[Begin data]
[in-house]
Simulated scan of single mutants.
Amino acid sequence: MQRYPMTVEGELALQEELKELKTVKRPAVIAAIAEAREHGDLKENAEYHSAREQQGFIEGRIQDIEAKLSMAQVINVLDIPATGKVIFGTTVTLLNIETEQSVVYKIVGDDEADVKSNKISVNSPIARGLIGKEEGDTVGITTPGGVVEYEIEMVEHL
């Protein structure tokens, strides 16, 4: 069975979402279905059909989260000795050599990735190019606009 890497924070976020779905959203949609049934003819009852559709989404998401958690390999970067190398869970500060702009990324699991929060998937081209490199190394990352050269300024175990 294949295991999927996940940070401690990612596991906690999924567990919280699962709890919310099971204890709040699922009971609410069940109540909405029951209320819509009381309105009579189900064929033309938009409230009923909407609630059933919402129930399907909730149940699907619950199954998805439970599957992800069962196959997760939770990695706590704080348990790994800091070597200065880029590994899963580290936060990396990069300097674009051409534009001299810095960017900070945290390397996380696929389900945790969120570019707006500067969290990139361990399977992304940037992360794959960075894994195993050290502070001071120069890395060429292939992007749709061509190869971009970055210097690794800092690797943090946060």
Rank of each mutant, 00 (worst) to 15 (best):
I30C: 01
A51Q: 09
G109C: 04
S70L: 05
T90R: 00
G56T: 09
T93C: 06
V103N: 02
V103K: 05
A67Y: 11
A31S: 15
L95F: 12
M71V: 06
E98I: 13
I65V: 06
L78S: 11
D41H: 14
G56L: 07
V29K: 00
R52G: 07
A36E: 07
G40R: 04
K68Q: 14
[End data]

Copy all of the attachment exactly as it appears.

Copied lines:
[in-house]
Simulated scan of single mutants.
Amino acid sequence: MQRYPMTVEGELALQEELKELKTVKRPAVIAAIAEAREHGDLKENAEYHSAREQQGFIEGRIQDIEAKLSMAQVINVLDIPATGKVIFGTTVTLLNIETEQSVVYKIVGDDEADVKSNKISVNSPIARGLIGKEEGDTVGITTPGGVVEYEIEMVEHL
């Protein structure tokens, strides 16, 4: 069975979402279905059909989260000795050599990735190019606009 890497924070976020779905959203949609049934003819009852559709989404998401958690390999970067190398869970500060702009990324699991929060998937081209490199190394990352050269300024175990 294949295991999927996940940070401690990612596991906690999924567990919280699962709890919310099971204890709040699922009971609410069940109540909405029951209320819509009381309105009579189900064929033309938009409230009923909407609630059933919402129930399907909730149940699907619950199954998805439970599957992800069962196959997760939770990695706590704080348990790994800091070597200065880029590994899963580290936060990396990069300097674009051409534009001299810095960017900070945290390397996380696929389900945790969120570019707006500067969290990139361990399977992304940037992360794959960075894994195993050290502070001071120069890395060429292939992007749709061509190869971009970055210097690794800092690797943090946060």
Rank of each mutant, 00 (worst) to 15 (best):
I30C: 01
A51Q: 09
G109C: 04
S70L: 05
T90R: 00
G56T: 09
T93C: 06
V103N: 02
V103K: 05
A67Y: 11
A31S: 15
L95F: 12
M71V: 06
E98I: 13
I65V: 06
L78S: 11
D41H: 14
G56L: 07
V29K: 00
R52G: 07
A36E: 07
G40R: 04
K68Q: 14